Unitarian Universalism — We agree that after physical death, a person lives on through the people who have known them and the deeds they have done. We may hold different ideas about the nature or existence of an afterlife.
Roman Catholicism — We believe people are judged when they die, based on their sins and how completely they have repented by doing particular rituals. A few people go straight to Heaven. Some go to Hell and stay there forever. Some go to Purgatory, where they suffer until they are purified of their sins and can go to Heaven.
Fundamentalist Christianity — We believe anyone who accepts Christ as their savior will be saved and go to Heaven. People who are not saved go to Hell.
Buddhism — We believe a person will be born and reborn many times until their soul reaches an enlightened state called Nirvana.
Science — We know about the physical part of death because we can observe it by examining dead bodies. We can observe the return of all living matter to the earth after death. Until scientific experiments prove some facts, we cannot know what happens to the non-physical aspects of a person after their physical death.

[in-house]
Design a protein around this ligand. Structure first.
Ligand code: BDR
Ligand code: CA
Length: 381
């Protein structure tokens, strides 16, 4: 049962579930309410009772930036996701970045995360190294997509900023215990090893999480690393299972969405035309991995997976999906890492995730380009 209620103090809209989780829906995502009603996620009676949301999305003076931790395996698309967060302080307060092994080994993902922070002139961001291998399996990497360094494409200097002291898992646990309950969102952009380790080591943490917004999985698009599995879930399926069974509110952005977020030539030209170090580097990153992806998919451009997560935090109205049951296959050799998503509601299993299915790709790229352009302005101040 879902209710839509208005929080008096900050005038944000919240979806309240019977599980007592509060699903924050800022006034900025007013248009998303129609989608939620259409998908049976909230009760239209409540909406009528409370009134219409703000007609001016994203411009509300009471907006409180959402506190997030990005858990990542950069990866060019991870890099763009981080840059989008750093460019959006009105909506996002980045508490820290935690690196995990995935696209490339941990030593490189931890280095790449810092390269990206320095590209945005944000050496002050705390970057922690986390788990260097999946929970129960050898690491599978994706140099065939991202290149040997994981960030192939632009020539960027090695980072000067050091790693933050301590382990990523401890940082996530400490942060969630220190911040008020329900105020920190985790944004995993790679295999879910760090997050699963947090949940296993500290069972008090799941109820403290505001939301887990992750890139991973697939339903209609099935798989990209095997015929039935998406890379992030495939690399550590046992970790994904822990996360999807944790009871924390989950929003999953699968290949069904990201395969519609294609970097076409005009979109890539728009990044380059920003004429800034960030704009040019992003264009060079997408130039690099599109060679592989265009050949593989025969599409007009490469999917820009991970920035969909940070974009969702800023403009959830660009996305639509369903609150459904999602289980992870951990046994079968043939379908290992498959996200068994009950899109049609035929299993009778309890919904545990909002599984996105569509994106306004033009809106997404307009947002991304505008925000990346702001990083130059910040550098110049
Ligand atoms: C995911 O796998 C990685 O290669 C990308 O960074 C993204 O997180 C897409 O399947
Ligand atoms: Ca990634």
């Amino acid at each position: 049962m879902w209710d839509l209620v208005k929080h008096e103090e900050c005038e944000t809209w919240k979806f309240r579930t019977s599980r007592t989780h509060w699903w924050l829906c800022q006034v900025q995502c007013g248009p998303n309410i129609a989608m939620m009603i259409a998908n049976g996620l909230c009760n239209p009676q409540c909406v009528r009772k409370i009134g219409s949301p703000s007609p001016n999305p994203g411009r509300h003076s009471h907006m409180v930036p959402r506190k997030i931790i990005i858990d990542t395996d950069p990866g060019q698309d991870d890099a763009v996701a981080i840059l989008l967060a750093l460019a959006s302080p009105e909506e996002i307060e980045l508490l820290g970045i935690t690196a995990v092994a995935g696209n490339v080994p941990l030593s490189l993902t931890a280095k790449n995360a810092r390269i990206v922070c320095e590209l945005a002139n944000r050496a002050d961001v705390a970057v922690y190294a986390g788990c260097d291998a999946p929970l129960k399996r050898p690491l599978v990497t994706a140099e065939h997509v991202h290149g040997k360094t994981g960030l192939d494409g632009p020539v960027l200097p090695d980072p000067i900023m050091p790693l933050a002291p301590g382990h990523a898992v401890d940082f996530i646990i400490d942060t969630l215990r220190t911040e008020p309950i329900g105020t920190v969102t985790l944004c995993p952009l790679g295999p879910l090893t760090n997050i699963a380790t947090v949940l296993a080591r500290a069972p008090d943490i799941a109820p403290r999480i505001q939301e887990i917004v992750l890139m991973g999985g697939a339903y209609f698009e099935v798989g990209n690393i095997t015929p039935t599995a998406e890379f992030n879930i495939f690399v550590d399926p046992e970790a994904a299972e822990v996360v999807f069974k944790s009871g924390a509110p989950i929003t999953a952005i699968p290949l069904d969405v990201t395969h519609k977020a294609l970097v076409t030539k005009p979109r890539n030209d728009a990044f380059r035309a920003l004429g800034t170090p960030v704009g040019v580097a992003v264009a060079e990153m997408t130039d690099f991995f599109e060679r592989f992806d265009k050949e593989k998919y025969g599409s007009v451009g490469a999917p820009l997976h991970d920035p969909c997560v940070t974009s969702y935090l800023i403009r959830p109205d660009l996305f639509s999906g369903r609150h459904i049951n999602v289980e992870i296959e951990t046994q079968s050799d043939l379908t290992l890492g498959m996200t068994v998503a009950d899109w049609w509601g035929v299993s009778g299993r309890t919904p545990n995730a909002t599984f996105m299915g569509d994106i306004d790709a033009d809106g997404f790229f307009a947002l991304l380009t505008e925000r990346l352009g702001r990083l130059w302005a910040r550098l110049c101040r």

Judaism — Life is more important than death. We do not have one, definite answer to "What happens when we die?" There may be an afterlife, but our faith offers many different concepts of what it might be. Hebrew scripture, rabbinic commentary on scripture and our own personal experiences and philosophies provide individual Jews with answers.
Hinduism — We believe each soul spends multiple lifetimes on Earth, evolving each time so it can ultimately become perfect and merge with the Divine. Between lifetimes, your soul may go to a heaven- or hell-like place, depending on your deeds on Earth—your karma—and your thoughts at the time of death. Our ideas about "What happens when we die?" are expressed in a scripture, the Bhagavad-Gita.
Liberal Christianity — We believe there is some sort of life after death but we do not know the details. We do not believe scripture is literally the word of God, yet we may look to the Bible's text to form our ideas about what happens when we die. However, our faith is more focused on how we live following Jesus' teachings than on what happens after.
Humanism — We only live once. To us, "life" means life in our human bodies. There is no afterlife. After we die, our molecules live on, but we do not.